To the Yukon town of Malemute and the saloon owned by "Honest John" Calhoun comes performer Belle DeValle and her troupe of entertainers. In John's absence, Belle is toasted as the "Belle of the Yukon" by saloon manager Pop Candless and his daughter Lettie, a singer at the saloon. Soon after, Sam Slade enters, looking for John and a job keeping the peace in the saloon. Sam's claim that reason is the best weapon against lawlessness is met with derision by Mervin Maitland, the dishonest town marshal. Upon returning home, John is approached by George, a swindler, about installing a crooked gambling operation at the saloon. Spouting the virtues of honesty, John refuses George and then goes to greet his new star performer. When John enters Belle's dressing room, she smashes him over the head with a vase and denounces him for ditching her in Seattle. John, who has recently changed his name to "Honest John," claims to have renounced his former life as a confidence man, but is met with skepticism by Belle, who threatens to turn him over to the Seatlle police if he is lying to her. Pop is concerned about Lettie's romantic interest in Steve Atterbury, the piano player, and sends his Indian friend, the Chief, to search Steve's room. When the Chief returns with a letter from a woman, sending her love and noting that "the children miss him," Pop becomes convinced that Steve is married and sends the letter to the Seattle police to investigate. John, who is wanted by the Seattle police, then decides to prevent the lawmen from coming to Malemute by ... +


To the Yukon town of Malemute and the saloon owned by "Honest John" Calhoun comes performer Belle DeValle and her troupe of entertainers. In John's absence, Belle is toasted as the "Belle of the Yukon" by saloon manager Pop Candless and his daughter Lettie, a singer at the saloon. Soon after, Sam Slade enters, looking for John and a job keeping the peace in the saloon. Sam's claim that reason is the best weapon against lawlessness is met with derision by Mervin Maitland, the dishonest town marshal. Upon returning home, John is approached by George, a swindler, about installing a crooked gambling operation at the saloon. Spouting the virtues of honesty, John refuses George and then goes to greet his new star performer. When John enters Belle's dressing room, she smashes him over the head with a vase and denounces him for ditching her in Seattle. John, who has recently changed his name to "Honest John," claims to have renounced his former life as a confidence man, but is met with skepticism by Belle, who threatens to turn him over to the Seatlle police if he is lying to her. Pop is concerned about Lettie's romantic interest in Steve Atterbury, the piano player, and sends his Indian friend, the Chief, to search Steve's room. When the Chief returns with a letter from a woman, sending her love and noting that "the children miss him," Pop becomes convinced that Steve is married and sends the letter to the Seattle police to investigate. John, who is wanted by the Seattle police, then decides to prevent the lawmen from coming to Malemute by dispatching Steve to Nome. That night, after Steve professes his love to Lettie and walks her home, several men jump from the shadows, knock him unconscious and deliver him to a riverboat bound for Nome. Unaware of Steve's mishap, Lettie informs Pop that she plans to marry him. When Pops tells Lettie that Steve is aboard the boat to Nome, Lettie thinks that she has been jilted and breaks down in tears. Not to be outwitted, Steve, meanwhile, jumps overboard and is picked up by a wagon driver, who then transports him to the trail leading to Malemute. Steve sneaks into the saloon to speak to Lettie, and is spotted by John, who sends Maitland to arrest him. The next day, John encounters Professor Salsbury on the street. The professor, an authority on weather, has been entrusted with the Alaskan weather statistics, and worried that they may fall into the wrong hands, he locks the report in John's safe. When George learns that the statistics can predict freezes and thaws, he bribes Pop to open the safe so that he can study the report. Armed with the weather forecast, George marches into the saloon, laden with bags of gold dust and offers to take bets on the date of the freeze. John, who has planned the weather scheme with the professor to fleece George of his gold, suggests that a bank be established to house all the gold dust. John is appointed bank president, but when Belle, impressed by his newfound honesty, proposes marriage, he stalls her. When Maitland complains to John about Steve's incessant demands, John suggests that the marshal get rid of his prisoner by taking him to Nome. That night, as Maitland attempts to handcuff Steve for their journey, Steve resists, and when the professor, drunk and full of remorse, begs to be locked in the cell, Steve escapes and handcuffs Maitland to the professor. Soon after, George enters the jailhouse, realizes that the professor is a swindler and hurries to the bank to withdraw his gold. There John proposes that they go into partnership and abscond with the gold when the riverboat arrives on Thursday. George agrees, and after he leaves, John reveals to Pop and Sam that he has filled the gold sacks with sand and hidden the real gold behind a stone wall. Disgusted by John's apparent dishonesty, Belle rejects him. Soon after, Maitland receives a message from the riverboat captain, asking for custody of Steve. As John and his friends search for the fugitive, Steve, disguised as a drunken Indian, slips into Lettie's room and is captured by Maitland. When the riverboat docks the next day, Steve is bidding Lettie a tearful farewell when his sister Cherie runs down the gangplank followed by his father, C. V. Atterbury. Cherie explains that she wrote the infamous letter to Steve and that the minor peccadillo he committed back home has been smoothed over by his wealthy businessman father. Freed, Steve plans to marry Lettie, and as everyone toasts the happy couple at the saloon, John is summoned to the bank and is accompanied by Pop and Sam. There the threesome are met by George and Maitland who demand the gold at gunpoint. Back at the saloon, Belle discovers that John has walked out on her act, and furious, she incites a run on the bank. Meanwhile, at the bank, Maitland demands the gold for himself, and after John peacefully hands over the bags, George, realizing that a switch has been made, locks John and his friends in the closet and extracts the bags from the wall. As an angry mob marches on the bank, John escapes from the closet, and Belle informs him that she has spread the rumor that the bank was unsafe to prevent him from absconding with the funds. Hastily pulling the real gold from a trap door, John begins to measure it out to the depositors when C. V. appears and asks to deposit $100,000 as a vote of confidence. Impressed by C. V.'s trust in John, the depositors reinvest their money, and all ends happily as Sam is appointed the new marshal, and John and Belle plan their nuptials. +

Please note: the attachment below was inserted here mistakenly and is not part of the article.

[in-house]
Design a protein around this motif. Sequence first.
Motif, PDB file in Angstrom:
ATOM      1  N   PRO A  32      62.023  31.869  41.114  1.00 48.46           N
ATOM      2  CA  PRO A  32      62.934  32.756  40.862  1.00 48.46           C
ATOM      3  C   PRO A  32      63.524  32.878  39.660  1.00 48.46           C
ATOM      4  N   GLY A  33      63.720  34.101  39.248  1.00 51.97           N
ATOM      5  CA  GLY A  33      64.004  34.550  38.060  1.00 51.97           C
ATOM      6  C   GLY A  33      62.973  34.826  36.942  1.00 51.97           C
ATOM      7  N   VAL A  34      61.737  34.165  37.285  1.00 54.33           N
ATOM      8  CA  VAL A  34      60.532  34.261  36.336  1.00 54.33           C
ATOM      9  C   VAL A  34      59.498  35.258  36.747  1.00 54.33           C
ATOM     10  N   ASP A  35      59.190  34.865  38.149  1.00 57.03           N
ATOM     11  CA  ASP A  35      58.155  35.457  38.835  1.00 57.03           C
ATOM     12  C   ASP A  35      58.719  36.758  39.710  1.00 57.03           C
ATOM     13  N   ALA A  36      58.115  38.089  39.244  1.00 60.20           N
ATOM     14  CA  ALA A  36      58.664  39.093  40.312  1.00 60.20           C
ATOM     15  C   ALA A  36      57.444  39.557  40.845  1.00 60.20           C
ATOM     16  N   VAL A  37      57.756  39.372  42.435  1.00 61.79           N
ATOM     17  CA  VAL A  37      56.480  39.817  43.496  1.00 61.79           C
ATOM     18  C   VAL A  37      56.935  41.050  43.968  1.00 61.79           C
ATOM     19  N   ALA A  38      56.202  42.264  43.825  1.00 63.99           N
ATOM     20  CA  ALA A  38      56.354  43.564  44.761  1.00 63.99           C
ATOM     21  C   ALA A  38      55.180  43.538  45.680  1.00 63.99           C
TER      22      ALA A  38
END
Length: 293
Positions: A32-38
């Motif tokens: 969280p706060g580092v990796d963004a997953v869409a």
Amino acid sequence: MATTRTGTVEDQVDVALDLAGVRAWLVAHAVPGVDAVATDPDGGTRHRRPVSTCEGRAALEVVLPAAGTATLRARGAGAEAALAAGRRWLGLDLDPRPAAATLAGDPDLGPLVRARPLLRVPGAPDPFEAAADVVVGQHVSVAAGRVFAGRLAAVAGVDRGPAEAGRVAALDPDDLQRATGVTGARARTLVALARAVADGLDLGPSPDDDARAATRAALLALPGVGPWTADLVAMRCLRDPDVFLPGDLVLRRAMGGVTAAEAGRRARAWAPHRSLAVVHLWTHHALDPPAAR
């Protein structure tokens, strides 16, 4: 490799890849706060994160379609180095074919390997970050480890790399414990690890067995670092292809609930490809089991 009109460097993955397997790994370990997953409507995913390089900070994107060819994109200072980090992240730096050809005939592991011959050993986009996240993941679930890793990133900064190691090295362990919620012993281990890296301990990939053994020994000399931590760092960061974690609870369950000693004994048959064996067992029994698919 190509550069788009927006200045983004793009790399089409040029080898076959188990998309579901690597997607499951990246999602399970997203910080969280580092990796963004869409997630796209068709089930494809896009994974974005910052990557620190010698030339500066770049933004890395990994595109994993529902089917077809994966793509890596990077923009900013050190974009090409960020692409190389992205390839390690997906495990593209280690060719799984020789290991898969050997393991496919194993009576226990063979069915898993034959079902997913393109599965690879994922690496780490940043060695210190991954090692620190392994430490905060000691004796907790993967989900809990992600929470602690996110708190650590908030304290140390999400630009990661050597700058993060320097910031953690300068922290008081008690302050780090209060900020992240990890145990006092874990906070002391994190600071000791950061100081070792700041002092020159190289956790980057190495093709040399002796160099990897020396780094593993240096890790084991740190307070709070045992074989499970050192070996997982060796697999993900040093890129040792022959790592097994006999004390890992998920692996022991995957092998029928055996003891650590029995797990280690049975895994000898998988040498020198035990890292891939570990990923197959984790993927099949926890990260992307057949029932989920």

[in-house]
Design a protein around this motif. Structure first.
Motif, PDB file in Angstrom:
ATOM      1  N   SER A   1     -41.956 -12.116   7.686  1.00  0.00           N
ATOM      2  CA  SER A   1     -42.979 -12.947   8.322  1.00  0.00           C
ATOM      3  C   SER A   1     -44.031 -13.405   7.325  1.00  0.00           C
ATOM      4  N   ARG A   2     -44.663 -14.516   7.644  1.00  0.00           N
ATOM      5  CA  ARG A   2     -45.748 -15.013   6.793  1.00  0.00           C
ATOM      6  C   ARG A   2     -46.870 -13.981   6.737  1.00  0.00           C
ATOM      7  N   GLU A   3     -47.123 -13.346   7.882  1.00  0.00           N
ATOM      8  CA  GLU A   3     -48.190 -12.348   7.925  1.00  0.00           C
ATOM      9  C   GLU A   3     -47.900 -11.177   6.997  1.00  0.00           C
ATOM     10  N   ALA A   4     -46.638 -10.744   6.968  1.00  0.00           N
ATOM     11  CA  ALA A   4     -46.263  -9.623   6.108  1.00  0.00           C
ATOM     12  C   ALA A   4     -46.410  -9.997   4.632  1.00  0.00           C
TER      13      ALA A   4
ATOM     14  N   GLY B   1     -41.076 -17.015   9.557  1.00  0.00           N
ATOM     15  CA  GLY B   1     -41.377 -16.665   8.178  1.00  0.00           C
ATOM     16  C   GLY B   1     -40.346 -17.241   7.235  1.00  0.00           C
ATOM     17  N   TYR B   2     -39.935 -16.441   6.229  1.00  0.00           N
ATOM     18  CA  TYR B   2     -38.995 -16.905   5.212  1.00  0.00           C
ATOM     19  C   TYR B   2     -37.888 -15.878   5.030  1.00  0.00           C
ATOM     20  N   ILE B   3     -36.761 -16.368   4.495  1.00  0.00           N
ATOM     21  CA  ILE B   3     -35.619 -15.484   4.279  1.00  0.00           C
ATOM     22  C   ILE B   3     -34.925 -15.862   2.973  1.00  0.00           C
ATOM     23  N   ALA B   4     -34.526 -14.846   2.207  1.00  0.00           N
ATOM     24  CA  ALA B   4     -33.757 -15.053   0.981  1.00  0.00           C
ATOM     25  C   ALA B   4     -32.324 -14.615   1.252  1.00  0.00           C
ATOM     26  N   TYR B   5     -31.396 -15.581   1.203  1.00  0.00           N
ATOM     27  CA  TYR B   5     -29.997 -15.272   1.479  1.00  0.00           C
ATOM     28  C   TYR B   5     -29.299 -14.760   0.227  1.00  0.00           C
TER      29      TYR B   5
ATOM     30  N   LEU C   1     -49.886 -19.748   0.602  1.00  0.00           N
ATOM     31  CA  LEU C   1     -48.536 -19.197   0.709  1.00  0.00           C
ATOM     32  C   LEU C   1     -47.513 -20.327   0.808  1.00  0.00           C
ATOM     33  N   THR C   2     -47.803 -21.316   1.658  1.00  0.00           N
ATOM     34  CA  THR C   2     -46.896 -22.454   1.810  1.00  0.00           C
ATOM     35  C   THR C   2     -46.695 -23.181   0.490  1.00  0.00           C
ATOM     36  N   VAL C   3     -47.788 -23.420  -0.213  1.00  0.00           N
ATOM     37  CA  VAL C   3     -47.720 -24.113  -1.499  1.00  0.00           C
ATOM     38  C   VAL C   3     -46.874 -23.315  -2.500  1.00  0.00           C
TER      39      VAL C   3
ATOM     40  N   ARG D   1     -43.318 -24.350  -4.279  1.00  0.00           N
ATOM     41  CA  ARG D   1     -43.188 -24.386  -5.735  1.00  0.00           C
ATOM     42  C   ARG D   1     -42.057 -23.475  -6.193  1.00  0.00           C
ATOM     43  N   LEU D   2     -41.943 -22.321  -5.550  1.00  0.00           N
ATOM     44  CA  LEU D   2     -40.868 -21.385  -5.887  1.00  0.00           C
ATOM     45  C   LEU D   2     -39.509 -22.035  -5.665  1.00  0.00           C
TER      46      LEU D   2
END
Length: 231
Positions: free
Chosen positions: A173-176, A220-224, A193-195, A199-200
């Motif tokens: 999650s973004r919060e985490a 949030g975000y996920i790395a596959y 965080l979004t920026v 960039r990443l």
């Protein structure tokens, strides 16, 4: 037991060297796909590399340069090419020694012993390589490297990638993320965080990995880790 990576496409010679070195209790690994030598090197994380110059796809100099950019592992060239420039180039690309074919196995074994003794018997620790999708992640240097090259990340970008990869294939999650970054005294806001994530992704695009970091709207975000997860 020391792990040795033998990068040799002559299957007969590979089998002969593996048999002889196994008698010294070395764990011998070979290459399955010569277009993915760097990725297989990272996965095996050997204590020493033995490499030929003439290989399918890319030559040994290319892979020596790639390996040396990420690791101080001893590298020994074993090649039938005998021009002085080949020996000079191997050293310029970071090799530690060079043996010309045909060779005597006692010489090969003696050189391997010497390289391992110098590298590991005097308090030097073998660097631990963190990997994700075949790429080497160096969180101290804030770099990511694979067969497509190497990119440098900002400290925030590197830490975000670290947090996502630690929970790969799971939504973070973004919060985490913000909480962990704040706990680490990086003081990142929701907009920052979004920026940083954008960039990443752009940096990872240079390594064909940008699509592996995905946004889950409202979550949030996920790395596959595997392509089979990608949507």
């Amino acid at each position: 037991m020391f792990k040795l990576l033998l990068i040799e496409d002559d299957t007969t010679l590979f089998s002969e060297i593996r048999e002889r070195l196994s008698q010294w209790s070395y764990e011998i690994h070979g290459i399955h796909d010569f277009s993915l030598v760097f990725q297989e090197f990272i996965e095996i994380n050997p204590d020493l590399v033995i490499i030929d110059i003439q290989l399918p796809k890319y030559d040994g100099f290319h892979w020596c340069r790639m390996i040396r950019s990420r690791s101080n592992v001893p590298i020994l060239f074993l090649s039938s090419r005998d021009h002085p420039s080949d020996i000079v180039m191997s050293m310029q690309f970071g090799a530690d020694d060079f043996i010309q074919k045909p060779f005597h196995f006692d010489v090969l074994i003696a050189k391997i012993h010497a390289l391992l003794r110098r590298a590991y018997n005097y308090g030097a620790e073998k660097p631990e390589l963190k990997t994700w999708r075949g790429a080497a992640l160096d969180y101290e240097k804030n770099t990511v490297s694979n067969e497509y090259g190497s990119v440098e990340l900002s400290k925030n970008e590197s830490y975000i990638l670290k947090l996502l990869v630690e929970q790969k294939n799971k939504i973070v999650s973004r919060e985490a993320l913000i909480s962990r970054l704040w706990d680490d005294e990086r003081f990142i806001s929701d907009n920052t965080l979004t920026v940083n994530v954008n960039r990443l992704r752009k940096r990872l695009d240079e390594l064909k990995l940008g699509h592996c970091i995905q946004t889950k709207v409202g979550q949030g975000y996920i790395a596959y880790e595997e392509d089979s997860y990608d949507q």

Legend
Viewed by AFI
Partially Viewed
Offscreen Credit
Name Occurs Before Title
AFI Life Achievement Award